It’s actually very interesting. We do have palliative care and a fairly significant palliative care practice. We’ve also looked at other physicians, so the biggest limiter for high-acuity patients in the home is professional services.

There’s a lot of services we can do, but we need physicians and others following these patients effectively for us to actually kind of execute on these strategies and have the impacts that we want. So we really look at and are very focused in the marketplaces.

If we’ve got, for instance, a joint venture partnership, we’re very much focused on working with them around the ecosystem that needs to be put together to cover on-demand, high-acuity patients in the community. Failing to have that, those patients most likely will end up back in the ER and end up back on the floor.

So we’ll work with partners like Christiana Care. What is the urgent care strategy associated with this? What is the palliative care strategy associated with this? What are the other kinds of on-demand physician strategies? What are the hospital-at-home strategies that are associated with this? It’s all those services and then how do we support it with our home-based services to make that happen. That whole thing needs to work to make it happen.

So what’s exciting about the partnerships we have is … the work we’re doing with them, whether it’s continued expansion [or something else]. We actually had an expansion of the hospital-at-home activity with [University of California-San Diego] last year. We’re in some exploratory phases with Christiana Care on how we create this better continuum across the board.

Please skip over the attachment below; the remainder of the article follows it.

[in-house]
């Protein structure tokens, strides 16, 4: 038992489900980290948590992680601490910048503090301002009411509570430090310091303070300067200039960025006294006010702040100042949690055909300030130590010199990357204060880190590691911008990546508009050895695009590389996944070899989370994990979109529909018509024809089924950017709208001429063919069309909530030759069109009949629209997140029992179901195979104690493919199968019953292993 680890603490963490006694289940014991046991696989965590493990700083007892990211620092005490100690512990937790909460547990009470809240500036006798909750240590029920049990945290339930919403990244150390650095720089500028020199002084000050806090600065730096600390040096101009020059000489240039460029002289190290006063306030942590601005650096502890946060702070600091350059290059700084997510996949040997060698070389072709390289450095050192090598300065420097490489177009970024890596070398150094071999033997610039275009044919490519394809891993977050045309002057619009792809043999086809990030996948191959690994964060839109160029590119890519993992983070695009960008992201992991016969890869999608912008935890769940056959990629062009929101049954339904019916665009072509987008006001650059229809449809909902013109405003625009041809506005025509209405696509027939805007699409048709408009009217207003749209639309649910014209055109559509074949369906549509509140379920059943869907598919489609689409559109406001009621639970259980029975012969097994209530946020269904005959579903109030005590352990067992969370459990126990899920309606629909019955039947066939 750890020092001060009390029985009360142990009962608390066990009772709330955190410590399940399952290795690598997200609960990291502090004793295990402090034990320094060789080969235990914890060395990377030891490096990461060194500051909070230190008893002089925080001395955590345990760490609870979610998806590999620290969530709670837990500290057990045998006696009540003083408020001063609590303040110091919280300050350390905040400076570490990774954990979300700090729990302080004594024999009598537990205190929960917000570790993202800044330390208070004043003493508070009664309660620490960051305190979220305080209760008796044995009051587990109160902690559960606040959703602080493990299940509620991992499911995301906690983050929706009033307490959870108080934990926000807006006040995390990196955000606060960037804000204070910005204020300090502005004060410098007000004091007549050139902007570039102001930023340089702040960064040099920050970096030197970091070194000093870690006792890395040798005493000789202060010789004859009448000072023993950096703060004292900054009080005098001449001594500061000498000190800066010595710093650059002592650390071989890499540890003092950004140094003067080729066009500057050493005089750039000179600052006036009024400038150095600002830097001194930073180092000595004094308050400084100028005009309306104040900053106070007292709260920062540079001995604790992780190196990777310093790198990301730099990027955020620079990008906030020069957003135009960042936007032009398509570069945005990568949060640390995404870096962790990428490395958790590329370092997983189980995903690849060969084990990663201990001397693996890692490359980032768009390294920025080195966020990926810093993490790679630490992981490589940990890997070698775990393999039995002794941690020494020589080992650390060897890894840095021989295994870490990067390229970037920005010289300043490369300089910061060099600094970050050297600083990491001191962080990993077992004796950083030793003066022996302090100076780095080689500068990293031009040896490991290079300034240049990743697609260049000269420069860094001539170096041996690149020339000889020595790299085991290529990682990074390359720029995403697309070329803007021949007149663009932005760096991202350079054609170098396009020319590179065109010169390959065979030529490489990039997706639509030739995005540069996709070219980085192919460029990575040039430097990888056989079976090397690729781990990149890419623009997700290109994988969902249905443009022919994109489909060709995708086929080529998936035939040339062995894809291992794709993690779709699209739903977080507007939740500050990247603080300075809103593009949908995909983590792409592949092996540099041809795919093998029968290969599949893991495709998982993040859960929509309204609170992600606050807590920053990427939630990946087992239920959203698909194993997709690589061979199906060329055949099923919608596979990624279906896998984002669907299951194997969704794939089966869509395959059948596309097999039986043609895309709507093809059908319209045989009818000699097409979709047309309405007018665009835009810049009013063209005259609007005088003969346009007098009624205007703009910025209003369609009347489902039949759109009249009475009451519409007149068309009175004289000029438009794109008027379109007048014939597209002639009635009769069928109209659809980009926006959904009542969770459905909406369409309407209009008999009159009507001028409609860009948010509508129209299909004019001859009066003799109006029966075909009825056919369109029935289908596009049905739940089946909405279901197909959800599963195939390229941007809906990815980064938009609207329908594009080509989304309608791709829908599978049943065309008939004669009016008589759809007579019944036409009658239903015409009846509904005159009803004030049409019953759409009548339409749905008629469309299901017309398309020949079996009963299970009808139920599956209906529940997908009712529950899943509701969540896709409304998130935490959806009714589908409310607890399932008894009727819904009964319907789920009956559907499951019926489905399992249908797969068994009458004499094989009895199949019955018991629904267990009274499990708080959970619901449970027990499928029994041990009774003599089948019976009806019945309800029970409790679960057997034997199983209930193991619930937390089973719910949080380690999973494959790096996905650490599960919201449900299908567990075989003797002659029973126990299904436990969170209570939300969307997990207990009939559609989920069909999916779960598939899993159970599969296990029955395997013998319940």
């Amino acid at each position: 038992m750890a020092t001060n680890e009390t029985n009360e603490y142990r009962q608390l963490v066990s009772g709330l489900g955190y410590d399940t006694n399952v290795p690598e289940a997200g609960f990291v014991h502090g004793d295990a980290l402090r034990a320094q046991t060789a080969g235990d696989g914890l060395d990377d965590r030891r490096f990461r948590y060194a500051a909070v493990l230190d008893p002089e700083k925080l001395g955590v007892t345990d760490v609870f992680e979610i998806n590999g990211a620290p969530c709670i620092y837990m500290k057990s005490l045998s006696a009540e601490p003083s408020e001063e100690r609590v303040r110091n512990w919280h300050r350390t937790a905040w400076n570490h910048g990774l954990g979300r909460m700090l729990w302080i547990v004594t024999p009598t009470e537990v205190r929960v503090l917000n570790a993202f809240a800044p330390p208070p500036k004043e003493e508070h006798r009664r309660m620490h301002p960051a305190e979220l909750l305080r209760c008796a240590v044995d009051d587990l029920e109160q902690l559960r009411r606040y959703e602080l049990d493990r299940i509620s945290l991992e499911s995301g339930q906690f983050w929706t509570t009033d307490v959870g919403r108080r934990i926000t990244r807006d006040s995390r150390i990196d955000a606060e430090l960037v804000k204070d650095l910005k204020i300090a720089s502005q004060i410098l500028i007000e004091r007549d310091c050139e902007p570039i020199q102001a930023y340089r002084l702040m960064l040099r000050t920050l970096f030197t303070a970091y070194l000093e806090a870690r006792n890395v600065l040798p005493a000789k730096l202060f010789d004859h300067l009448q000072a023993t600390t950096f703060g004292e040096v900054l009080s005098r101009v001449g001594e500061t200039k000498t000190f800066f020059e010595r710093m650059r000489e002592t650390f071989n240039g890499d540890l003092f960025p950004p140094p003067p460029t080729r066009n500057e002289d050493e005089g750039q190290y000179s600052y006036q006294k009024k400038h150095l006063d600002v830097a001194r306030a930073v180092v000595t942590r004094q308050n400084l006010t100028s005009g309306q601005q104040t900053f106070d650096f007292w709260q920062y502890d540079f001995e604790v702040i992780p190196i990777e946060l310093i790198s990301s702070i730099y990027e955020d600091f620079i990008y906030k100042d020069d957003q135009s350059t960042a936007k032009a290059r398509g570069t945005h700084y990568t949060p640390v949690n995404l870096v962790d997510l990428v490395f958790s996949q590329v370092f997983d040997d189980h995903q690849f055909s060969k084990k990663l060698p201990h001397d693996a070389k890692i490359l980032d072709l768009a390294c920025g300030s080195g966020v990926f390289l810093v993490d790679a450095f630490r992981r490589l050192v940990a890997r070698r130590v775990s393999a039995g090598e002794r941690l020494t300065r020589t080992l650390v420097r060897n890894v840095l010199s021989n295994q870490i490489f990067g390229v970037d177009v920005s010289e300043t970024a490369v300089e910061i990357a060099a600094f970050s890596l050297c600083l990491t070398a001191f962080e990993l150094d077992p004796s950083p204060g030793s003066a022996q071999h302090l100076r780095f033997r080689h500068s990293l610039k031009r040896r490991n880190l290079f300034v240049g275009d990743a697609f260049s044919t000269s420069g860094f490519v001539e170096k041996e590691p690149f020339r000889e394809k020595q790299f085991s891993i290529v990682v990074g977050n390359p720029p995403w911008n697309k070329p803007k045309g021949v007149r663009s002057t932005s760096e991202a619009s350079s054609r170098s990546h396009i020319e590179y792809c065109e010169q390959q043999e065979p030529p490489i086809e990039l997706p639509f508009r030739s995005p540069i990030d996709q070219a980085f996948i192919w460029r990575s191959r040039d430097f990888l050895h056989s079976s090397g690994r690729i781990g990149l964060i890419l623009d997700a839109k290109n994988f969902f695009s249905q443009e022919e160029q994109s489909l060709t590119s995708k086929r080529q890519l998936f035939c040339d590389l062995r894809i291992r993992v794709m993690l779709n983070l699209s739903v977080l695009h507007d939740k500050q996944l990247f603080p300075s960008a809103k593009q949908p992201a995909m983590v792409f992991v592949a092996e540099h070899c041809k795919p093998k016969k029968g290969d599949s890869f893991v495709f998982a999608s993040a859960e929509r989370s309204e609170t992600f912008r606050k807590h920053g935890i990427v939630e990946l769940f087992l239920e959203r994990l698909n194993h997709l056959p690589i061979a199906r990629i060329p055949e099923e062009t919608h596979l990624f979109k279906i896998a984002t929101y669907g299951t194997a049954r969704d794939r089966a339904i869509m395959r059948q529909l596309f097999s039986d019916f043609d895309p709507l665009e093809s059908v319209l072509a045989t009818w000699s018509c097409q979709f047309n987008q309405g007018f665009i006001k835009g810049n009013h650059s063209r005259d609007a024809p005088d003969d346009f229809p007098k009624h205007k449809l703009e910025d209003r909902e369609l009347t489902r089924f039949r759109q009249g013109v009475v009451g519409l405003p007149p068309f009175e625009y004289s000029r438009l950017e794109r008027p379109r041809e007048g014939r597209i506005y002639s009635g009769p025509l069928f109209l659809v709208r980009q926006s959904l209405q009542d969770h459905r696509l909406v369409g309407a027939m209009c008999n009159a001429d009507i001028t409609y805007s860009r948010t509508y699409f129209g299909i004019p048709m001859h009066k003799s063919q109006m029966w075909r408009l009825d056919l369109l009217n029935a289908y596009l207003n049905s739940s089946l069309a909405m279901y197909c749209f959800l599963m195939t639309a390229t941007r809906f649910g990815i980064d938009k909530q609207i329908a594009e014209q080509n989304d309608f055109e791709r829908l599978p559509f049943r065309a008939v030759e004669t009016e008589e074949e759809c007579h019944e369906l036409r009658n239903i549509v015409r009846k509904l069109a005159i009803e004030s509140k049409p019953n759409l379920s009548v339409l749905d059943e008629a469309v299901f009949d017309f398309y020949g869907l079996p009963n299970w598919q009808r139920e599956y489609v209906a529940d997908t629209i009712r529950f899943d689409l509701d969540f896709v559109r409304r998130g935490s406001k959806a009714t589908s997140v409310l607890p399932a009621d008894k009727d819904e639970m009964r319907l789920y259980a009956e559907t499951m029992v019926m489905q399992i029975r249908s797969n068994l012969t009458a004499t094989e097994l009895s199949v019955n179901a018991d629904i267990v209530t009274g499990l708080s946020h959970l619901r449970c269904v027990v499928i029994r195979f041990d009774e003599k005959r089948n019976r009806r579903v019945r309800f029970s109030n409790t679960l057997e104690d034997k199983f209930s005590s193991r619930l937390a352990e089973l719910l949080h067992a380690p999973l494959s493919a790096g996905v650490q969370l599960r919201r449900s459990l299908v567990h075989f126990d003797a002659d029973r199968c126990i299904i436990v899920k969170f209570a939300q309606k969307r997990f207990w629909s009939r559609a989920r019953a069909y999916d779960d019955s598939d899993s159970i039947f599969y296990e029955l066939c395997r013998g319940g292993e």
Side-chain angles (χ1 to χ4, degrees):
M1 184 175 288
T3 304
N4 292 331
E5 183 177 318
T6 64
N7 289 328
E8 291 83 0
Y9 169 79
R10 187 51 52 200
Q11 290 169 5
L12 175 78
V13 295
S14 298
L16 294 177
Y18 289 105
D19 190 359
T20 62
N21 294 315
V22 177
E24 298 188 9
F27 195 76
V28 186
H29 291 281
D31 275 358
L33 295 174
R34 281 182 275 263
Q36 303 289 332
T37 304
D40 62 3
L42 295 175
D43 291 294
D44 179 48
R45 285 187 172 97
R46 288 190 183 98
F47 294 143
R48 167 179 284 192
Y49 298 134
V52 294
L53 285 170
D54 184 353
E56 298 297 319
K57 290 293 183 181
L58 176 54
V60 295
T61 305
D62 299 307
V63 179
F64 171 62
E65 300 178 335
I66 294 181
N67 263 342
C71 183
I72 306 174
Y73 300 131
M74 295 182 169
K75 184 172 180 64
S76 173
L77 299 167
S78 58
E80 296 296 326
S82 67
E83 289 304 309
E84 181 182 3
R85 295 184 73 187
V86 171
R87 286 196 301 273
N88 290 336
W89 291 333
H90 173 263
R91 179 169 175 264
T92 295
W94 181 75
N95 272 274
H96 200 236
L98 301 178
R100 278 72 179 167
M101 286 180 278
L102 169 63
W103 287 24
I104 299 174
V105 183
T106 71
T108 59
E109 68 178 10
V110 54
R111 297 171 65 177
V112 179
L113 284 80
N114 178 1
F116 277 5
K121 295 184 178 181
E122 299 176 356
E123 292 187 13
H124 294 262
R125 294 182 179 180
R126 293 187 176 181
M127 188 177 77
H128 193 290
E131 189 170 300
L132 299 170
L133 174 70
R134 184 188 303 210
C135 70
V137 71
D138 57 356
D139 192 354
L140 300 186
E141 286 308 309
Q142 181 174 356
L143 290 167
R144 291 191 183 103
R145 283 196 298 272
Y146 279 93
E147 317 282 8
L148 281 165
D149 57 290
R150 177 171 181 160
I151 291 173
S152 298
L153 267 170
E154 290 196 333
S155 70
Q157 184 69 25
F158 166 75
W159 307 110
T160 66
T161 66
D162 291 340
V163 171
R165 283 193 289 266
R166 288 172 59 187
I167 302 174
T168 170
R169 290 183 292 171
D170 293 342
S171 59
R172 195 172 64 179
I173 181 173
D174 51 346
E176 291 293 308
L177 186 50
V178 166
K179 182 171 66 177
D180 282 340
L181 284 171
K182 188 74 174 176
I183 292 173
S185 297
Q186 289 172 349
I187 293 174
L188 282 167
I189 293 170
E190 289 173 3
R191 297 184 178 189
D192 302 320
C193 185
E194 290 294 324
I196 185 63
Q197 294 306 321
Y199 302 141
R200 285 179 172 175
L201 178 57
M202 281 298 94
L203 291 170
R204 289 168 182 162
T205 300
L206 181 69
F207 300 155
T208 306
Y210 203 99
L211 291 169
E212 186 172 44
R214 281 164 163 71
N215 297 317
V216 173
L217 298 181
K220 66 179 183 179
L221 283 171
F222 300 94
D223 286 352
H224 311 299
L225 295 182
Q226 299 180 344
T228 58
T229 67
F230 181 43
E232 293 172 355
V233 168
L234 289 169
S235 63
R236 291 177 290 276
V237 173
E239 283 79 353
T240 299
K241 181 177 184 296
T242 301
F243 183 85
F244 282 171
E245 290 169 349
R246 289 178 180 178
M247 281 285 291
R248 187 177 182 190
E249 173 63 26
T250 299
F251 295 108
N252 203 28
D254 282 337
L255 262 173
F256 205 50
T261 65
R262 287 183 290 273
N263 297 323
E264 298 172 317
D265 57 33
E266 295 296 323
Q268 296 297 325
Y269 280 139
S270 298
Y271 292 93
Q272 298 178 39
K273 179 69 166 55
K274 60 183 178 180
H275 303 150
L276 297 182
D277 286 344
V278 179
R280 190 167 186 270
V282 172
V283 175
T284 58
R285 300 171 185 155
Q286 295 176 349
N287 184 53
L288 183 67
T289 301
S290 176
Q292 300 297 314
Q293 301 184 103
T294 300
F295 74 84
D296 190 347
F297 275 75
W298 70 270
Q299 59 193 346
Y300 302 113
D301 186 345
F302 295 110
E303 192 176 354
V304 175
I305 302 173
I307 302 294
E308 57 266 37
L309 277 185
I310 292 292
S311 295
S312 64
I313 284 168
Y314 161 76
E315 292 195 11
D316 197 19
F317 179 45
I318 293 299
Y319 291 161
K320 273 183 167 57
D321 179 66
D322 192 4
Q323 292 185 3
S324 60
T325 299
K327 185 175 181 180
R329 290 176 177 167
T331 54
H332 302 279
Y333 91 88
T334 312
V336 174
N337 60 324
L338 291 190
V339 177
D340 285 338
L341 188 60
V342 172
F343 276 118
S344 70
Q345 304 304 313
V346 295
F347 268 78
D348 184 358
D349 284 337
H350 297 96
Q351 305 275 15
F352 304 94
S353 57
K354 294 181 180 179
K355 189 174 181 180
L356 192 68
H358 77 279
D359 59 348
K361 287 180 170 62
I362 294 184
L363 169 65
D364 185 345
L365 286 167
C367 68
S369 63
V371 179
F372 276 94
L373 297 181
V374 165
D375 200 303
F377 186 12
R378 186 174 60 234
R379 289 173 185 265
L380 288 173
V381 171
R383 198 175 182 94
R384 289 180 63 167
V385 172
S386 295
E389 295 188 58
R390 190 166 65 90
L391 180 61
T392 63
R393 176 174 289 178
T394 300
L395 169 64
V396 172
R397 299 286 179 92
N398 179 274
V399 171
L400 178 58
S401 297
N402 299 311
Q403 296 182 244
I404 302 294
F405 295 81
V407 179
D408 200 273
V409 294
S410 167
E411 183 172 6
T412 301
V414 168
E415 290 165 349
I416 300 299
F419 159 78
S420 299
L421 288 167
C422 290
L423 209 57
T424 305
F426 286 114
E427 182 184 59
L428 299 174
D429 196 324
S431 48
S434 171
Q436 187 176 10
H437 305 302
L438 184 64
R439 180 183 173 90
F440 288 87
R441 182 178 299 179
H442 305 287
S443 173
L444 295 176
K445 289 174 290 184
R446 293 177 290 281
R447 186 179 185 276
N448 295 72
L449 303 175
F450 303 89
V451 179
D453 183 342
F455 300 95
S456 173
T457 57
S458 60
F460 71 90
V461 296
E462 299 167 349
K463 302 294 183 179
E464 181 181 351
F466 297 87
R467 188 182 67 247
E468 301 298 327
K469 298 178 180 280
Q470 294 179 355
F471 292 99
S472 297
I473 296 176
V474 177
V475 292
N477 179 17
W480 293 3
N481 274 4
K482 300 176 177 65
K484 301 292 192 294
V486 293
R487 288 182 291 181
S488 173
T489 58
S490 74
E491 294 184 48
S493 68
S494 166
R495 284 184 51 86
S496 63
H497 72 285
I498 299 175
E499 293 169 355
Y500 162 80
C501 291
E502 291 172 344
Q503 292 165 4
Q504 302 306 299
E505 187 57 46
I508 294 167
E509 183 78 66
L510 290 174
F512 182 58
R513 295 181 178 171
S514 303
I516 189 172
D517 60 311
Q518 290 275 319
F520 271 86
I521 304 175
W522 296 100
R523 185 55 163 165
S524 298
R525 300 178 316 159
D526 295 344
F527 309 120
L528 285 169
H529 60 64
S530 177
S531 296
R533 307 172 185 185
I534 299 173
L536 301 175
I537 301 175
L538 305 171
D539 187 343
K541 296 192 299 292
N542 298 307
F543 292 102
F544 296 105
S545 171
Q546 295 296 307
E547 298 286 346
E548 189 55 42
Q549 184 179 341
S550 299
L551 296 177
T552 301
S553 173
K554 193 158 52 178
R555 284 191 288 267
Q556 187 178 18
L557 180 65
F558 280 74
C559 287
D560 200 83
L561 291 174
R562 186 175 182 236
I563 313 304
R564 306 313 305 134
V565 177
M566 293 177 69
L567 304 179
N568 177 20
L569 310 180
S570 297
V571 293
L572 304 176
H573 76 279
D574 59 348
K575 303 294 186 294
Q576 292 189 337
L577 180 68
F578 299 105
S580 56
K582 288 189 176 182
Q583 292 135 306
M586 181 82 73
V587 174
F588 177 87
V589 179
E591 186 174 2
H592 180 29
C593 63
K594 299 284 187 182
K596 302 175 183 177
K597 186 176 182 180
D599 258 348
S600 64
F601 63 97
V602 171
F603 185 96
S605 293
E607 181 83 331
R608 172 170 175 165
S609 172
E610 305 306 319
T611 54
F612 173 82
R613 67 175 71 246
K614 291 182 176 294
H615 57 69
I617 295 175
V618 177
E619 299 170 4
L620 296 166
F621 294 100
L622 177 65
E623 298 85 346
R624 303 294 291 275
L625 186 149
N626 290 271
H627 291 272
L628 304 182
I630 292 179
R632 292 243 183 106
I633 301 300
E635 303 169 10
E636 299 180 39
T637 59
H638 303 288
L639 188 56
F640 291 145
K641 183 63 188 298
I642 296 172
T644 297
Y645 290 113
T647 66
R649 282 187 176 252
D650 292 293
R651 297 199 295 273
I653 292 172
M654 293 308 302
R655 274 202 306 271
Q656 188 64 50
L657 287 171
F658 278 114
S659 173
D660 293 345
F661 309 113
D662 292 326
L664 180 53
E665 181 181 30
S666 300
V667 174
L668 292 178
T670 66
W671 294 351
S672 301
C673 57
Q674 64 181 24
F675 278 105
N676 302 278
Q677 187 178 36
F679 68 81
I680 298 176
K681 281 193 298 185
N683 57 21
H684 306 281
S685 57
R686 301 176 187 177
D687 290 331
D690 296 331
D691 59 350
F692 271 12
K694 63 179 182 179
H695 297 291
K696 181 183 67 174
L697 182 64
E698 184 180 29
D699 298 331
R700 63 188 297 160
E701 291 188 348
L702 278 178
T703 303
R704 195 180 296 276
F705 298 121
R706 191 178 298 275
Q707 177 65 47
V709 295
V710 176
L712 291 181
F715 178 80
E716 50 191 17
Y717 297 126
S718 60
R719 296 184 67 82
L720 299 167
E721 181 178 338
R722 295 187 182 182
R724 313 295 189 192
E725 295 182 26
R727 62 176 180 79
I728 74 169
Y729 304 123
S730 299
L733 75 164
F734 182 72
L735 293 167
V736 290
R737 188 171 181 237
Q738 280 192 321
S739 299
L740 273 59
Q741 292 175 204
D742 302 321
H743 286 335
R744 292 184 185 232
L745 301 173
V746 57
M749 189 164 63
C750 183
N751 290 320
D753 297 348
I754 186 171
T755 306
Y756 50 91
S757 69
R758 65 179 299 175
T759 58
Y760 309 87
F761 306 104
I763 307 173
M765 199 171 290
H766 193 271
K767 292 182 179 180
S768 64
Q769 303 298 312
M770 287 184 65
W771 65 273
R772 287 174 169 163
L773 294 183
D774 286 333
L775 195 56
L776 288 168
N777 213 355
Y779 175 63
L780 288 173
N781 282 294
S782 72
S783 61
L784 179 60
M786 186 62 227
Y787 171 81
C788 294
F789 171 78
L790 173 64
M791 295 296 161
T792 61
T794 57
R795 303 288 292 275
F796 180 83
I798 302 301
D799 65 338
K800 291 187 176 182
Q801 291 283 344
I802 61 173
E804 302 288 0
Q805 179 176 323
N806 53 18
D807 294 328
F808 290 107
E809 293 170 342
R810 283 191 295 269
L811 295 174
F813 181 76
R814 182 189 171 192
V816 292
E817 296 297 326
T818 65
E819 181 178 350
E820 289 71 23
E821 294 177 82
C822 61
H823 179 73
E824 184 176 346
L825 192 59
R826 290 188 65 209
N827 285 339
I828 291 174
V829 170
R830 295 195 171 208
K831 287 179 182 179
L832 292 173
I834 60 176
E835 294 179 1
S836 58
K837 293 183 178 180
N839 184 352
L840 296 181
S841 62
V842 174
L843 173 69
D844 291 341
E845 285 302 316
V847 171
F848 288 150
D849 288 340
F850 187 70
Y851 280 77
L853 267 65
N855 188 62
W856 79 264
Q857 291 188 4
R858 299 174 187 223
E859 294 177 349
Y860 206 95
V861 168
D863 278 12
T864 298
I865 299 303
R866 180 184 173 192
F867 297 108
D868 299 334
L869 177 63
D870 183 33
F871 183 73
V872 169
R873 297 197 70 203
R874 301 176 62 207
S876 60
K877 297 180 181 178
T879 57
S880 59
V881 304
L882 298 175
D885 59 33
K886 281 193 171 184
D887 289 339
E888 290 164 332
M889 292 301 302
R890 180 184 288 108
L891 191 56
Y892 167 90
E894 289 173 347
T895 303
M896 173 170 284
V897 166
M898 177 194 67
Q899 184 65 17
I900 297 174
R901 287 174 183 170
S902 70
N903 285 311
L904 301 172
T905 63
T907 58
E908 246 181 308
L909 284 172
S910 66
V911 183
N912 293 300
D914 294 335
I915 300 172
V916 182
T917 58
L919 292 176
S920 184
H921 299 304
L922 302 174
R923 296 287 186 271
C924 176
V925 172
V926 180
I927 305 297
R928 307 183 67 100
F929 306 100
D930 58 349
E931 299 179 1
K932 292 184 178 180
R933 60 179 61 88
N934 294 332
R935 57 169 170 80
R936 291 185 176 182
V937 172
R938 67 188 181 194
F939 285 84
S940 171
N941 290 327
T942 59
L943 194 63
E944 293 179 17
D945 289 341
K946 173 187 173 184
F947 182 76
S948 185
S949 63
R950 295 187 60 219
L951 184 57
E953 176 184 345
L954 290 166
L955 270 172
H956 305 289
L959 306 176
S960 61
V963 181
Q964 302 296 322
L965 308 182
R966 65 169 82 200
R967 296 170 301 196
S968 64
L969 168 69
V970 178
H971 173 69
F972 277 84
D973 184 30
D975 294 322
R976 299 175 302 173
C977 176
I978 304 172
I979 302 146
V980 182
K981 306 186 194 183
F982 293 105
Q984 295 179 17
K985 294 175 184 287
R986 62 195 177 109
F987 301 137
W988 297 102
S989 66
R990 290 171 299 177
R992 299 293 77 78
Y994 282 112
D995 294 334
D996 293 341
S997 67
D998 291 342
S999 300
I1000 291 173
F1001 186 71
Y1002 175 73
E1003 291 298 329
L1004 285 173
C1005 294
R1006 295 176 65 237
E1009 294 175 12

We’ve done it with some of the delegated physician practices that are out there. They’re bringing the physician services to the table. That’s another one that helps us support these strategies just like this.

So last year, you called the Season’s merger transformational for AccentCare. What kind of companies do you have your eye on moving forward? And what would you say is the larger strategy when it comes to these transactions?

Our focus right now and where we’re seeing the majority of our activity is continuing expansion over joint venture strategy. Actually taking over hospital-based assets, transforming those assets and creating the partnerships are transforming marketplaces for us — and are creating the right level and kind of partnerships.

It creates a really cool, sustainable businesses within it. We’ve got a large home health business. We’ve got a large hospice, and we’ve got a large personal attendant business. We’re in 31 states or so. We’re really looking at how we actually create those anchor partnerships with these large health systems that basically allow us to create sustainable growth within those marketplaces, but do it in a way that we actually feel we can deliver the best care.

We think we deliver the best care when we’re in the partnership with the health system, because it’s us working together on what needs to happen for these patients, not just the post-acute, but how we actually can move upstream whether they’re in the hospital to get a clean transition and have a broader, value-based impact kind of support.

There are states for us to fill in. But if you look at it right now, we’re in 10 of the top 10, Medicare Savings Accounts (MSAs) is in the country. We’re in a lot of places with Medicare populations, so now we’re very focused on these partnerships.